When I went to my first Potomac Polymer Clay Guild meeting, I didn’t know that Nan Roche was a member. I arrived late and sat in the back. As the speaker continued his discussion, I became more brave and edged my chair closer to the table where everyone else was sitting. A woman with long blonde hair made room for me, and, as the evening progressed and I became more comfortable with my surroundings, my neighbor and I began discussing different techniques and tools as the speaker passed around his various items. I’m sure she doesn’t remember that evening, but I do: this woman was kind and welcoming, and answered my newbie questions as if she and I were discovering the techniques for the first time.
I was delighted to find out, later in the evening, that it was Nan Roche with whom I was having such a wonderful time. It was like speaking with a close friend. Roche is warm and engaging, intense and delectably friendly. When I called her recently to conduct this interview, I was pleased to find her as warm and welcoming over the phone as in person. The energy she exudes is contagious; the intelligence she displays is inspiring. I learned a great deal during this interview, both about the history of polymer clay in the United States and about following one’s creative urges. I hope the experience is the same for each one of you.
The first question I had to ask Roche was why did she write The New Clay? In her answer, I received a short course on the history of polymer clay in the United States (see the Pier Voulkos profile in this month's magazine for more history on polymer clay in the United States).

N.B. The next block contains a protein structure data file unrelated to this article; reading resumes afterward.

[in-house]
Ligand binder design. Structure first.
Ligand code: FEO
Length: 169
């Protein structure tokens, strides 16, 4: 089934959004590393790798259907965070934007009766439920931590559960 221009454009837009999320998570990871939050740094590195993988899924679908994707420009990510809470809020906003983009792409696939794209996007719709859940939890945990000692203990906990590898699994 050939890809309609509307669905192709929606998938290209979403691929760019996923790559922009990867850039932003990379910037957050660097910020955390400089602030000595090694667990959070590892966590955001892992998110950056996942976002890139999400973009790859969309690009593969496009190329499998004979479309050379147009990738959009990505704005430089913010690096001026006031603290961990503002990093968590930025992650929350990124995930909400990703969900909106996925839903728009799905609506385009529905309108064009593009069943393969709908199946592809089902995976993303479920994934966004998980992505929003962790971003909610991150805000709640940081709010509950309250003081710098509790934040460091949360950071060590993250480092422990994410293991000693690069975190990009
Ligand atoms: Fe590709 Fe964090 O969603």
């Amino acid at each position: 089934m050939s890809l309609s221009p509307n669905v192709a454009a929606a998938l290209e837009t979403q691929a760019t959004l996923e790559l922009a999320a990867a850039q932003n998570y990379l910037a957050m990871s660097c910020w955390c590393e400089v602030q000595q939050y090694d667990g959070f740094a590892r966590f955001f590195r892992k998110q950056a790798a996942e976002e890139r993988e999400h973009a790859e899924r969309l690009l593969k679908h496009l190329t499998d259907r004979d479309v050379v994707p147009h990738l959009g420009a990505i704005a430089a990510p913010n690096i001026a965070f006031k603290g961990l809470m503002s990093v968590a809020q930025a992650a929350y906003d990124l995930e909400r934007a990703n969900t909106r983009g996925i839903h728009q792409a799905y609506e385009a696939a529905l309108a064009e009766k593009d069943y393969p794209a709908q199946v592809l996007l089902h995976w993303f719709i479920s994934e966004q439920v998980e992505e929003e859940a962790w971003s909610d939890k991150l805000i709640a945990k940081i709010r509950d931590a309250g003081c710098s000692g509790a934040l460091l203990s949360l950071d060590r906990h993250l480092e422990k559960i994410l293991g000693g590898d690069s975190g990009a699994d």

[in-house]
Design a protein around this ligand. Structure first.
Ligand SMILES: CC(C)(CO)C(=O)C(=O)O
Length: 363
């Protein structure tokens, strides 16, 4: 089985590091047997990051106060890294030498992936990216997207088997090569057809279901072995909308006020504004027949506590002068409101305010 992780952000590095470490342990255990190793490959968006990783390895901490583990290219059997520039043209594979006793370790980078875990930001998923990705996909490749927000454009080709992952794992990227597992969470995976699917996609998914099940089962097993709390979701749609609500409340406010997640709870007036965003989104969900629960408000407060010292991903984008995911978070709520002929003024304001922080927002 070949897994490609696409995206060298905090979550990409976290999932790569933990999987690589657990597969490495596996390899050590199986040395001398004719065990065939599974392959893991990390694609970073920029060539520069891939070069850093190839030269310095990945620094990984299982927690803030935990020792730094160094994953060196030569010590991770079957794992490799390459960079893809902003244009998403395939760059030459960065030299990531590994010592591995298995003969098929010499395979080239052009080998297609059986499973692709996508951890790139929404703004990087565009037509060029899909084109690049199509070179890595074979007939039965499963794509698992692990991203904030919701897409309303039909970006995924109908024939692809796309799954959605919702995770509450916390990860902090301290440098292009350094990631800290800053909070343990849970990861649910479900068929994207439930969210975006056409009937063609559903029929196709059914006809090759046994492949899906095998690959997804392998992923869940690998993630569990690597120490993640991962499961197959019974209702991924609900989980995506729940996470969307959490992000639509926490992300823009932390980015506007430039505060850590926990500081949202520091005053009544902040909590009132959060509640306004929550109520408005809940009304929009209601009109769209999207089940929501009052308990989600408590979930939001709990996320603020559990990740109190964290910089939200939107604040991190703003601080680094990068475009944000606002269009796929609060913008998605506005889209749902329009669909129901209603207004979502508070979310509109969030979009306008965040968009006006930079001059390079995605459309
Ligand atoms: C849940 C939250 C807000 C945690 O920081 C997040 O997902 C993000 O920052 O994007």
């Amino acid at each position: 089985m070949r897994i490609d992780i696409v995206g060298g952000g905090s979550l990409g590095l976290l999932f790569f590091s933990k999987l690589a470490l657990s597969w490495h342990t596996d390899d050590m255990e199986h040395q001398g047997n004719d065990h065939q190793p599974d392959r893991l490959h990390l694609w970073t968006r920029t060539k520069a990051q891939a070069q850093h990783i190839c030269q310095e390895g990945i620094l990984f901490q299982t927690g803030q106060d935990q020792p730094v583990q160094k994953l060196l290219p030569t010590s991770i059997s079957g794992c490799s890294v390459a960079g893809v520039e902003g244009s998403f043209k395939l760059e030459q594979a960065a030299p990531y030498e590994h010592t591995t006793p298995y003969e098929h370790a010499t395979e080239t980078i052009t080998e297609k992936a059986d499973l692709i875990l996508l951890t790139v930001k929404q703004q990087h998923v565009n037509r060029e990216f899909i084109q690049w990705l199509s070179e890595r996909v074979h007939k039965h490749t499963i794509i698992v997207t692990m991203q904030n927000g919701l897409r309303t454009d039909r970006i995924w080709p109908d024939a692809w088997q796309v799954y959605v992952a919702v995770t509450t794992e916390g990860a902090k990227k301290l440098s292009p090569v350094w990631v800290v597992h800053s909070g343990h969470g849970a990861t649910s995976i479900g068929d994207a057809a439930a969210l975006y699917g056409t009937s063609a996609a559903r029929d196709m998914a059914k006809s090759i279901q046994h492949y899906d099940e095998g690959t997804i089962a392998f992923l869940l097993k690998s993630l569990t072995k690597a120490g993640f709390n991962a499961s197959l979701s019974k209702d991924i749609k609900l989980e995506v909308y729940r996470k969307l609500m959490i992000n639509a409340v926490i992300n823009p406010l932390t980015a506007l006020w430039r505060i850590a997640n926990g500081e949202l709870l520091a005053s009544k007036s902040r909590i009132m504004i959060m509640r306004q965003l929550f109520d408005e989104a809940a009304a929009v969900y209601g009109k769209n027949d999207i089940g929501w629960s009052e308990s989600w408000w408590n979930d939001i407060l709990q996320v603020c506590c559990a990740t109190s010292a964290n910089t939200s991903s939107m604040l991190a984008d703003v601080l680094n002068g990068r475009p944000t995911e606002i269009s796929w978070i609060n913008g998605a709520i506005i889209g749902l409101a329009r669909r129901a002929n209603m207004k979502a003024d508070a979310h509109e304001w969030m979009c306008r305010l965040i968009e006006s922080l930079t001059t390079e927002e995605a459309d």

Roche, a trained scientist who works at the National Institute of Health (NIH), is also a skilled artisan who is affiliated with a number of Washington, D.C. based guilds and associations. Among other groups in the late 1980s, Roche was a member of the Potomac Craftsman Guild and the Washington Bead Society. Helen Banes, a member of the Bead Society, took a trip to New York City where she discovered a polymer clay necklace made of plain white beads adorned with colorful simple faces, crafted by Pier Voulkos. Banes bought the necklace and, upon returning to Washington, D.C., showed the necklace to Kathleen Dustin and asked her what polymer clay was.
Dustin, a ceramics artisan, was familiar with polymer clay. She had used the clay as a child in Germany, and she had worked with polymer clay while she was in Saudia Arabia. Inspired by Voulkos' necklace, Dustin began to work with polymer clay again.